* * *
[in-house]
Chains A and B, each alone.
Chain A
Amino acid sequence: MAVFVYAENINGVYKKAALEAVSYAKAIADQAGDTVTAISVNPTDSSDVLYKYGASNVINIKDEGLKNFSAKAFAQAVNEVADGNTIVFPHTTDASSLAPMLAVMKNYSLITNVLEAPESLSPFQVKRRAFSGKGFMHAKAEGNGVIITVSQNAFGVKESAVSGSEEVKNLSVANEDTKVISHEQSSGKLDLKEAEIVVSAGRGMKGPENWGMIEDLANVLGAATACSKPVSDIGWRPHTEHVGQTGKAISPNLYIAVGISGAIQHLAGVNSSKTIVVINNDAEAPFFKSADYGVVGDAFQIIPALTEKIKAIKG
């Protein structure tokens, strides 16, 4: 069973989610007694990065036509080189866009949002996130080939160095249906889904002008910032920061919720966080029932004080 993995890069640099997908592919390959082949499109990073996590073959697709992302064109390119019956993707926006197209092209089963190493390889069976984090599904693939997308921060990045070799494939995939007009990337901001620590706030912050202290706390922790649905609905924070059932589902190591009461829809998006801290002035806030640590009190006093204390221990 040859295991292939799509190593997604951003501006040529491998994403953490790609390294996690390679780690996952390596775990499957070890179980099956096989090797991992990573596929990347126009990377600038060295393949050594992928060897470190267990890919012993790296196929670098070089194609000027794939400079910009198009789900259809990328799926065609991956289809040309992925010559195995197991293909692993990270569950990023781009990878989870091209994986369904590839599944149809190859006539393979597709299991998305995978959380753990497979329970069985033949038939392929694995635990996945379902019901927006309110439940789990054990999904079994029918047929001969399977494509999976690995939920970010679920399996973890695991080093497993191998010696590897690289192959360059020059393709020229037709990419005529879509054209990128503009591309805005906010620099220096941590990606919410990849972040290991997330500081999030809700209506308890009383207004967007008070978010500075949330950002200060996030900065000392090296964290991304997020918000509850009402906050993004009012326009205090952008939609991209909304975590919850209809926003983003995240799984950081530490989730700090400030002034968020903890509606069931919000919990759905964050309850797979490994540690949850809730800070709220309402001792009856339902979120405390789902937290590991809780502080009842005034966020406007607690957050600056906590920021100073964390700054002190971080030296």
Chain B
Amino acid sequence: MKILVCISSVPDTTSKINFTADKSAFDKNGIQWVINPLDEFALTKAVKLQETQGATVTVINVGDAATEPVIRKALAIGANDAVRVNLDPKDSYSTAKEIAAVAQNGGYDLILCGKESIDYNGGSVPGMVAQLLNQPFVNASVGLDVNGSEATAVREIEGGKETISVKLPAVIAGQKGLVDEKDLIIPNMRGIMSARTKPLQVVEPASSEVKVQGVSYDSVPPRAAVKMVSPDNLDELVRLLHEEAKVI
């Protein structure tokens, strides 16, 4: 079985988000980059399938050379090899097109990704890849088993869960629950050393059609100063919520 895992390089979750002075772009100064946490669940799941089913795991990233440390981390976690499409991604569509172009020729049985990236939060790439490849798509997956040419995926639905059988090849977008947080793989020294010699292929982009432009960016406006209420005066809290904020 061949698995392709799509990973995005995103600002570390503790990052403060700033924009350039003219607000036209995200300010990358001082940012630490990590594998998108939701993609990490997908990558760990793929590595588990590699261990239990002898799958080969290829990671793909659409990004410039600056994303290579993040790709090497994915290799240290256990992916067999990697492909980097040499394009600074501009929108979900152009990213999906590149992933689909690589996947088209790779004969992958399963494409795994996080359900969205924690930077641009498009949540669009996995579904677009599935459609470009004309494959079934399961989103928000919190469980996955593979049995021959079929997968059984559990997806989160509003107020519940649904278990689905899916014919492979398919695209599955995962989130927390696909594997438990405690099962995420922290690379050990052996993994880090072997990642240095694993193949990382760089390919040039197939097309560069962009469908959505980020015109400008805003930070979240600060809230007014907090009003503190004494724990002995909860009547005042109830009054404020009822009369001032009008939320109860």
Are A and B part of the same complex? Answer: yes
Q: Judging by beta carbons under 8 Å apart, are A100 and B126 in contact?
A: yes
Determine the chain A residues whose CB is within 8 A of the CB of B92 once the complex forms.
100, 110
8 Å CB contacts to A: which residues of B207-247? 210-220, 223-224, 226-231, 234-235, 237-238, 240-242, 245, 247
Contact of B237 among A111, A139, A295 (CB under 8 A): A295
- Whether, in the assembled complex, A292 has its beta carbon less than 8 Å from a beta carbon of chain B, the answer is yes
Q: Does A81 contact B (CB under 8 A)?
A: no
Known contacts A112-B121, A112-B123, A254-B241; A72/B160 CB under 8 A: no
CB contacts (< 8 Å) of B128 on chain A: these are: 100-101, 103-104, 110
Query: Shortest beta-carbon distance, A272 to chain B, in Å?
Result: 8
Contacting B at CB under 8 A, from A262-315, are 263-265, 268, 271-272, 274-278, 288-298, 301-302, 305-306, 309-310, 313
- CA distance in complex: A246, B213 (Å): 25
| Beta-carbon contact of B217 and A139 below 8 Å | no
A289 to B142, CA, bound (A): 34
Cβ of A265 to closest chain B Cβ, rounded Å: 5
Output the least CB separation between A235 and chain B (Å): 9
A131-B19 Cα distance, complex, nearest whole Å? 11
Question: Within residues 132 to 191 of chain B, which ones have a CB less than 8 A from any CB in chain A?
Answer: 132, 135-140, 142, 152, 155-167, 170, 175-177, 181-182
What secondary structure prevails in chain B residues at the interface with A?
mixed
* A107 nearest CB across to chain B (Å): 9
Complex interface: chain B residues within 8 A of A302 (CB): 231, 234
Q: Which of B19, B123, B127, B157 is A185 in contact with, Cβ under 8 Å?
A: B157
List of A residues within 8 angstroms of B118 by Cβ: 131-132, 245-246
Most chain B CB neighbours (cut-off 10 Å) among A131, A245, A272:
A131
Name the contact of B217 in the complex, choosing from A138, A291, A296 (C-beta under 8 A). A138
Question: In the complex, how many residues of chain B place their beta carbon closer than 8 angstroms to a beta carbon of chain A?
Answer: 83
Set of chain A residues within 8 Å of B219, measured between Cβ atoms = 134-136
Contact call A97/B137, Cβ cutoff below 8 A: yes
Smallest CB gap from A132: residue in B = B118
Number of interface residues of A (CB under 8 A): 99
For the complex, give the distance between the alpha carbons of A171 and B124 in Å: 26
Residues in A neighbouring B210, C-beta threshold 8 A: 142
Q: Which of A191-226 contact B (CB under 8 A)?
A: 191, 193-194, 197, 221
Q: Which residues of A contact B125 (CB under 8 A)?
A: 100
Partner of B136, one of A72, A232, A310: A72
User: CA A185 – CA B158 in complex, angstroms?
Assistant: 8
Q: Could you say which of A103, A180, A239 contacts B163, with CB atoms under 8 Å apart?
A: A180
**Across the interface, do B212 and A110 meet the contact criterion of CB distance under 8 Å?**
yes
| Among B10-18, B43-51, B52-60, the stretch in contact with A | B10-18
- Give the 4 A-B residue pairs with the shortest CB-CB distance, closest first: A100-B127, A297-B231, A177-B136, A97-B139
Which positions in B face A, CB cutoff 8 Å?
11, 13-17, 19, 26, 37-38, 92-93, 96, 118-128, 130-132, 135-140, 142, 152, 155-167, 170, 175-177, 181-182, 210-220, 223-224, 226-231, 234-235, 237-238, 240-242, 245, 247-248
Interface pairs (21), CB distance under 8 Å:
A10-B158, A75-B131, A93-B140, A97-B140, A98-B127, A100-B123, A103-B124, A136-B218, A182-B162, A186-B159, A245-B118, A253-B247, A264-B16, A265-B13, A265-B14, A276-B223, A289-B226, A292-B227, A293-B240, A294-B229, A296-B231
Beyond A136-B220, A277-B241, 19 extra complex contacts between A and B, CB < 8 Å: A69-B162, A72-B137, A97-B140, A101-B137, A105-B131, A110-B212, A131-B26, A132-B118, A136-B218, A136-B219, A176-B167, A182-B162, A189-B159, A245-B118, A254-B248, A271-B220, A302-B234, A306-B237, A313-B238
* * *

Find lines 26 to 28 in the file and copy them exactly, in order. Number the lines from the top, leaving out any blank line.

A289 to B142, CA, bound (A): 34
Cβ of A265 to closest chain B Cβ, rounded Å: 5
Output the least CB separation between A235 and chain B (Å): 9